where α and α1 are coefficients for a′(T), β and β1 are coefficients for b(T), and T is the mean surface air temperature in the recession period (Tre). These coefficients can be obtained by fitting the recession parameters of individual recession events with known Tre in each subbasin.
From Eq. (2), the temporal change in S (ΔS) can be described as follows:
Incorporating and , we can write ΔS as follows:
where , λb, and λQ are the sensitivity coefficients of ΔS to a′, b, and Q, respectively, and can be derived as
Because the recession parameters a′ and b are functions of T in Eq. (8), S is a function of T and Q. The change in S (ΔS) can therefore be expressed as follows:
where λT is the sensitivity coefficient of ΔS to T. λT can be derived as follows:
4.1 Spatial and temporal variations in climate and hydrological variables
4.1.1 Spatial variations
The mean values of the observed climate and hydrological variables during 1980–2015 in the subbasins have shown that the region's climate has become warmer and wetter (Fig. 2a–2c and Table 2). The wet trend is largest in the YBJ and LS subbasins. We note that the mean temperature of YBJ is lowest among the subbasins because most of its area is at higher altitudes. It has the largest fractional glacier coverage area of about 10 %. The percentage of glacier area in the other subbasins is 1.63 %, 1.52 %, 1.92 %, and 0.75 % in NGS, YC, NX, and LS subbasins, respectively. The percentage of permafrost area (PPA) ranges from 41.8 % to 47.7 % in the five subbasins.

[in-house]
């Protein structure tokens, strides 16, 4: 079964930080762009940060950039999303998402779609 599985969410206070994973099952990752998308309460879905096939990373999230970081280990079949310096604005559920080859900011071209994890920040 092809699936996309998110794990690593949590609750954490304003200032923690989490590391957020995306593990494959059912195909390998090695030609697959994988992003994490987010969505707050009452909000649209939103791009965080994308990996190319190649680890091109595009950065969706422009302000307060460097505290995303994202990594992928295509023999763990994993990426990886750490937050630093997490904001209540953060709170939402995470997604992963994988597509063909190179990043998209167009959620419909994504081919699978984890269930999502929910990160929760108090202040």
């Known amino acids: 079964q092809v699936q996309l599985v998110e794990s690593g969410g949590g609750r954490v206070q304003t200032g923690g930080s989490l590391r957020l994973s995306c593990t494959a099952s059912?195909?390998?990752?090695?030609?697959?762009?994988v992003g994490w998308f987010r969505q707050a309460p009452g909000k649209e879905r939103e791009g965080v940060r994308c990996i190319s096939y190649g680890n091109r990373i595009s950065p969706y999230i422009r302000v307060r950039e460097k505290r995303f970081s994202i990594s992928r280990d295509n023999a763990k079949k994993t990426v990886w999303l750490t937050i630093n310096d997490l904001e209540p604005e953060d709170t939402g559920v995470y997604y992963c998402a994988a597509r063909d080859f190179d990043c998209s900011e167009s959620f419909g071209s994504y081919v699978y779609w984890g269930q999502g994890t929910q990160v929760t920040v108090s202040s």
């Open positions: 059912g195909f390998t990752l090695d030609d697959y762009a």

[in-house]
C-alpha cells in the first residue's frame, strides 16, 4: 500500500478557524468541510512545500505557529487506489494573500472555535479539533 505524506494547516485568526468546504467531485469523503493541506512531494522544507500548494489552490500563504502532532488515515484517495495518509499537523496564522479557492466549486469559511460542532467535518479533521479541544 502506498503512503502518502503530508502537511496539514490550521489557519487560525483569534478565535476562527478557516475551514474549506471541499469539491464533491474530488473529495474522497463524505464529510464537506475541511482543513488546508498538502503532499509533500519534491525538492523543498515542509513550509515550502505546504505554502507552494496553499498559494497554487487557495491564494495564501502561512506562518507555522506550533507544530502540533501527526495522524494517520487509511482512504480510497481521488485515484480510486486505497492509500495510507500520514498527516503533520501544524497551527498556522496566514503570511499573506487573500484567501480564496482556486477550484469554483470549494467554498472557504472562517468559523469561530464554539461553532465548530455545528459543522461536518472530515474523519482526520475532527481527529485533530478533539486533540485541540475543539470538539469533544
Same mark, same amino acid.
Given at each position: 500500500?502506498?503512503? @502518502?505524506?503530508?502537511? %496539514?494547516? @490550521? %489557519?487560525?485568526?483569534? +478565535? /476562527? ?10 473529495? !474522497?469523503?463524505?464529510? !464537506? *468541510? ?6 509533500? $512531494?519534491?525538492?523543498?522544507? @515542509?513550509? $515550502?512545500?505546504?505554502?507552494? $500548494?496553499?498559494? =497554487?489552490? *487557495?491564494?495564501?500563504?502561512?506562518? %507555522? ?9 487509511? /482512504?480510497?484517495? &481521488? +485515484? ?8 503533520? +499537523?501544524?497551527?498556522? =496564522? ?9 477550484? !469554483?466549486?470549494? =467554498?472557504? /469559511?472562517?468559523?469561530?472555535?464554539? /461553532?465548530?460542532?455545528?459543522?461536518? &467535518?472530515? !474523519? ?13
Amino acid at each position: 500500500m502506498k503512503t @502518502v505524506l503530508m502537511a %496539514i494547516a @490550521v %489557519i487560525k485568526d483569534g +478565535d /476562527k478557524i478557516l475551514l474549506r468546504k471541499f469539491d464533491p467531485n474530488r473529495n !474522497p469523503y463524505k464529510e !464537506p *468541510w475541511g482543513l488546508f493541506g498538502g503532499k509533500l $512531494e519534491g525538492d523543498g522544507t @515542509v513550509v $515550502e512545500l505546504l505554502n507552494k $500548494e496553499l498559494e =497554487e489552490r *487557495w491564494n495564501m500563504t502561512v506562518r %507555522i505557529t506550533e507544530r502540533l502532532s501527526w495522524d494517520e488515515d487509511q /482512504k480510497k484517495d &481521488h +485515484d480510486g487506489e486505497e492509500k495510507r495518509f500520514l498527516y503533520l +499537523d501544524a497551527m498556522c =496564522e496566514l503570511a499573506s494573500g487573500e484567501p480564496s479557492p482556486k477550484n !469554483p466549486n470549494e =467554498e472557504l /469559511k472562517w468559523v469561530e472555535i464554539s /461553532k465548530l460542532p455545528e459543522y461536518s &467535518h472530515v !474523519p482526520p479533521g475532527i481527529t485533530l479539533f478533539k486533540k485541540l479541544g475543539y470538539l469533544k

The mean annual streamflow (Q) and streamflow in the recession period (Qre) (both in units of mm) increased (Fig. 2d and e), resulting in higher runoff coefficient Rc towards the wetter downstream of the main stem of the YRB. However, the wettest subbasins of YBJ and LS do not have the greatest discharge and high Rc, possibly because of the icy environment. The daily coefficient of variation (CV) in streamflow is higher in YBJ and LS and upstream of NGS. CV decreases towards the wetter downstream of YRB, partially because of strengthened watershed regulation as the subbasin areas increase, and the dams are included in the area of the analysis.
∗ Glacier area is from China's second glacier catalogue data in 2009. The mean of Aice in the years 1976 and 2001 is used as a reference value in the subperiod before 1997, and the mean of Aice in 2001, 2009, and 2013 is used as a reference value in the subperiod after 1997. The subscripts 1, and 2 represent 1980–1996 and 1997–2015, respectively.
4.1.2 Annual variations in climate and hydrological variables during 1980–2015